Why I Am Hesitant of “Feminist” Culture
I am very much for egalitarian values. In that respect, I am a feminist But it’s one of those situations where it’s not the idea or the movement or the thing itself that you are hesitant about — but rather, many of the people that represent it, you find to be intolerable.
Enough of the feminists I have known were led to feminism after a lifetime and childhood of male abuse — not only sexual and physically violent abuse, but parental emotional abuse on behalf of father figures, and even brothers, and other such male roles. Don’t get me wrong. I empathize with this situation. I think it’s horrible that often times, you are just not powerful enough to resist such things: You are smaller, you are a child, you are weaker, etc. It is always horrible when a weaker party is abused by a stronger party. However, this form of abuse results in emotional and psychological instability, and especially when this instability is related to and founded in male abuse, it is difficult to discuss and address feminism with the subject.
Often in feminism, you encounter the woman who wants every man to be the enemy. Once I made a comment about not being very into big girls, but not being very into tiny, thin girls either, and this one girl flipped out on me, as though she doesn’t have preferences in males herself. Her anger at male dominated society isn’t logical. It’s just all over the place, and I have honestly been forced to deal with it from my close friends enough in my life that I am hesitant when someone says, “I’m a feminist.” What I generally think of is that you’re possibly a person who was abused by males and is going to be moody about certain issues and likely snap at me and call me a pig if I don’t take care not to say something that has to do with males and females.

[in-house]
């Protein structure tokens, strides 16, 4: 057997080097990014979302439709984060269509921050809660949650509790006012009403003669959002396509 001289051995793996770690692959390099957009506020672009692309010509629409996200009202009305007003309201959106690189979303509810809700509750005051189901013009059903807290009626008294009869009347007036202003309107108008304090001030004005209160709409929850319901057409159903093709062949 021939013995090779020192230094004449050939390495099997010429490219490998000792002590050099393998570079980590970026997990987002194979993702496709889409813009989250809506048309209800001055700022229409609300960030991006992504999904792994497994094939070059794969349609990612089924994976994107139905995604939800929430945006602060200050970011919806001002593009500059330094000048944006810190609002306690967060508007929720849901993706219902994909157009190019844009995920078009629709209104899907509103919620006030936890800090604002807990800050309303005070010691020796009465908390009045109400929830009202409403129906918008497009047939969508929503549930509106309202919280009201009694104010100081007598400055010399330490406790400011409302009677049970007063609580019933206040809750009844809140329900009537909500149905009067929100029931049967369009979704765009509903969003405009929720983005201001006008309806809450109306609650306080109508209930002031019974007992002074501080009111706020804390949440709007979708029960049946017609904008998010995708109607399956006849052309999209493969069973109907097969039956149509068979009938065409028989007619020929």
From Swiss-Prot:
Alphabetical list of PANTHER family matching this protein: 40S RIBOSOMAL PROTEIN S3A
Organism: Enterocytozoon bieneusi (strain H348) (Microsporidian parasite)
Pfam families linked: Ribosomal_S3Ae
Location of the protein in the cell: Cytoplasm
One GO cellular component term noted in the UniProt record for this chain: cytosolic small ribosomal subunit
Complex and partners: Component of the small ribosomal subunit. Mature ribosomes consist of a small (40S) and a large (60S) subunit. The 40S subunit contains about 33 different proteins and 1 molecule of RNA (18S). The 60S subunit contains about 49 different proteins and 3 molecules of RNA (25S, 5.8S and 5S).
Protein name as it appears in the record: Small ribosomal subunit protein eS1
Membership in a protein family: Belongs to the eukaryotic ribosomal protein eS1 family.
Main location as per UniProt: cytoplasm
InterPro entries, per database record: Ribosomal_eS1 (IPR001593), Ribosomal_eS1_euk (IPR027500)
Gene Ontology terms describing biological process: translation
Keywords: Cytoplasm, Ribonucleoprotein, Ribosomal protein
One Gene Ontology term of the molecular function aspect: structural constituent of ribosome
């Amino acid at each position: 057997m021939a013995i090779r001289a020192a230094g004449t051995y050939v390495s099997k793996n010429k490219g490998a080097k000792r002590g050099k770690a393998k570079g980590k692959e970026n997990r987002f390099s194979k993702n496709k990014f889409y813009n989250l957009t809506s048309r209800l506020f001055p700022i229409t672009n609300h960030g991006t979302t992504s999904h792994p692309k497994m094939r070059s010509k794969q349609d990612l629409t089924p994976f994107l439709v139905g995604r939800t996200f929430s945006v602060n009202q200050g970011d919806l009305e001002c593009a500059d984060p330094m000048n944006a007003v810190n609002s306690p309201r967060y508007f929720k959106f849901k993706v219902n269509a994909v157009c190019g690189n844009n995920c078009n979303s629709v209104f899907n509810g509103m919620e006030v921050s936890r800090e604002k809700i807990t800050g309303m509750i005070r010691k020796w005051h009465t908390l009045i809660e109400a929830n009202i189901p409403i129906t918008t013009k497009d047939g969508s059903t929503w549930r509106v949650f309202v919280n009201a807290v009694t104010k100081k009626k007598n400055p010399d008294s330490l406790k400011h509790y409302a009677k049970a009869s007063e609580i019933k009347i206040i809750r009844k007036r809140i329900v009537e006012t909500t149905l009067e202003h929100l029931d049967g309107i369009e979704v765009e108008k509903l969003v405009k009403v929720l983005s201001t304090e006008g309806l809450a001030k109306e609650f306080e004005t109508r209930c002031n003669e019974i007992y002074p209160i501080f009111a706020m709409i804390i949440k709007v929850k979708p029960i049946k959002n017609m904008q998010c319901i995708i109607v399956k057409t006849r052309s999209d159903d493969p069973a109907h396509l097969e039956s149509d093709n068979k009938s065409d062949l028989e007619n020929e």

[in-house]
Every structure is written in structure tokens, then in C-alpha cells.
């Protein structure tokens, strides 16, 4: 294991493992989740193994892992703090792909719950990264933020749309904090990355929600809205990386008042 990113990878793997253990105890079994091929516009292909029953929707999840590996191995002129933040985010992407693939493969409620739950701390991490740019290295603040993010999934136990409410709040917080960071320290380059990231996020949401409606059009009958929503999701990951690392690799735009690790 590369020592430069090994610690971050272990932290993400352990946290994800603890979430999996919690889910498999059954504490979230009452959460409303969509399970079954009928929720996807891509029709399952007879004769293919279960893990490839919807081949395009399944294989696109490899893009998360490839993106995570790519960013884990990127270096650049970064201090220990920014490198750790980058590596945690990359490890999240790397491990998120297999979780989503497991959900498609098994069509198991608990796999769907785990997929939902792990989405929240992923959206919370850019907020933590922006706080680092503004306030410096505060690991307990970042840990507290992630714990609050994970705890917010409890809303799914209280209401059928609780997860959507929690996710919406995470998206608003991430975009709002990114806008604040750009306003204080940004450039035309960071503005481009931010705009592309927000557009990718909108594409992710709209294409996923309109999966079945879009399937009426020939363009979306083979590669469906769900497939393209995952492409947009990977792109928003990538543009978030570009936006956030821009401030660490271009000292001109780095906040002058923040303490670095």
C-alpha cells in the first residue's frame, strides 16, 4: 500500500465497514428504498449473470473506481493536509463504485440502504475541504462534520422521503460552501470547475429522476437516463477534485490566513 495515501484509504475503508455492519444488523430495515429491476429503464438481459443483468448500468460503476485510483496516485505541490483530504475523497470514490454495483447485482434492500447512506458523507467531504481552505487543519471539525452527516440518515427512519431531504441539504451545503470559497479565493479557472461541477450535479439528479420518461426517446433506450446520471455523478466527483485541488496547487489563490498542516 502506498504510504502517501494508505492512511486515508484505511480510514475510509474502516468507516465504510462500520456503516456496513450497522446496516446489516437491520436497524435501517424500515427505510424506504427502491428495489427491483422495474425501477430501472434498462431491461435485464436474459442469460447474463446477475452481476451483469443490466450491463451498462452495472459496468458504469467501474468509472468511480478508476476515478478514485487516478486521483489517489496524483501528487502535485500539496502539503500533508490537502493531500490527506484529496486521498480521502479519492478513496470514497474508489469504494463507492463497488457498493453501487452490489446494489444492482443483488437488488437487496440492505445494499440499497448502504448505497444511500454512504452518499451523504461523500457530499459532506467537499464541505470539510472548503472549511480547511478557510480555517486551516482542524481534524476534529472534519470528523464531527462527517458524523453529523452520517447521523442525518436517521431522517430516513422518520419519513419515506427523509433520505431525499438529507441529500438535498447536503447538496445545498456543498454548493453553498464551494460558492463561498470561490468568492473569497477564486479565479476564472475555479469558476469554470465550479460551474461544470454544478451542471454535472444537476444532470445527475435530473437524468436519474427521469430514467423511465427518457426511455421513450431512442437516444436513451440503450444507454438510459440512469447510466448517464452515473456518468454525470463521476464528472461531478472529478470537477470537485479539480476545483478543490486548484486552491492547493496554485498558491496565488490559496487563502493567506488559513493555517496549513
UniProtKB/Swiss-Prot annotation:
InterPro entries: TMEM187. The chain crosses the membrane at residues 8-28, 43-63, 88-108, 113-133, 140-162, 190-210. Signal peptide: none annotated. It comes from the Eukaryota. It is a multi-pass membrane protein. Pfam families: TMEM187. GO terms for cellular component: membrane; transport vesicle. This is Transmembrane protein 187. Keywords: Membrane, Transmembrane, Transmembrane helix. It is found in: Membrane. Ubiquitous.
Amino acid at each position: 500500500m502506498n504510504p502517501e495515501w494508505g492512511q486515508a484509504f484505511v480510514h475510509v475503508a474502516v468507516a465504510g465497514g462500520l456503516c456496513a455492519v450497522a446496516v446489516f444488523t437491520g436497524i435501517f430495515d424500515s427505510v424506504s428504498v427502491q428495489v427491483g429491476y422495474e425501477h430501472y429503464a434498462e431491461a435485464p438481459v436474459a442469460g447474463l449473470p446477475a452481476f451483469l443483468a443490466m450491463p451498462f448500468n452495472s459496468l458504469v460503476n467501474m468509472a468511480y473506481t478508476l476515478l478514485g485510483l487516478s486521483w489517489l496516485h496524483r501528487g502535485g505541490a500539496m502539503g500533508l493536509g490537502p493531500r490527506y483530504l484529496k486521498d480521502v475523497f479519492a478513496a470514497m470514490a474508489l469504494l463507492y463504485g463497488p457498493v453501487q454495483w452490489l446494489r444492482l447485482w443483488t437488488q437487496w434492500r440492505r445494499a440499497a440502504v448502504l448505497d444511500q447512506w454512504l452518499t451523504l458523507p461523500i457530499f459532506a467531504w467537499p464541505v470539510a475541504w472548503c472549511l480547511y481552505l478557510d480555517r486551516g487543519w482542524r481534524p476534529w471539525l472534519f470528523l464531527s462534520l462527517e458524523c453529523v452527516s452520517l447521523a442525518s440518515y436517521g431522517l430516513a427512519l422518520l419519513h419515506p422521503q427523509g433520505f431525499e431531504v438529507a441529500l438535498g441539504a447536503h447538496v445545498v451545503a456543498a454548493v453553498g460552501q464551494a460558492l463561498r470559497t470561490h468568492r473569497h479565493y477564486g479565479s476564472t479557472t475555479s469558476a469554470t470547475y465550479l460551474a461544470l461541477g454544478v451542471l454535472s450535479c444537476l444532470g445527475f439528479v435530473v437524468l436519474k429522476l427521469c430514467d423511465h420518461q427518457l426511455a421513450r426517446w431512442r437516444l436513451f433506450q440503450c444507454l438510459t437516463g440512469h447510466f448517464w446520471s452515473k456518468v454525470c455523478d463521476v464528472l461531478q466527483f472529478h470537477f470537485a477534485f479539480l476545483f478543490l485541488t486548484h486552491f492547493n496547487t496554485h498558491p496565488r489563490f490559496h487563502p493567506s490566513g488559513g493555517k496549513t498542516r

And it’s sad that it has to be that way… because otherwise, I totally agree with egalitarian idealism. I don’t understand why anyone would ever accuse me of being a misogynist. And most feminists wouldn’t, I’ll admit. But it has occurred, and it has occurred in friendships that were very important to me. So it kind of stings and it kind of hurts.
One Final Comment: If you want to be sexually promiscuous, I will think of your behavior in precisely the same way that I tend to think of anyone’s sexually promiscuous behavior. When I have been sexually promiscuous, I will feel about myself and my behavior in a way that I would expect anyone else to, If they don’t choose to look at it that way, that’s their business, and if I am not attracted to their lifestyle, that is my business.
So basically…you’re totally into equality until a woman expects you to act like it.
Also, I feel your pain about having some woman call you a misogynist stinging. I’m sure it hurts much worse than the abuse you assume she suffered at the hands of another man.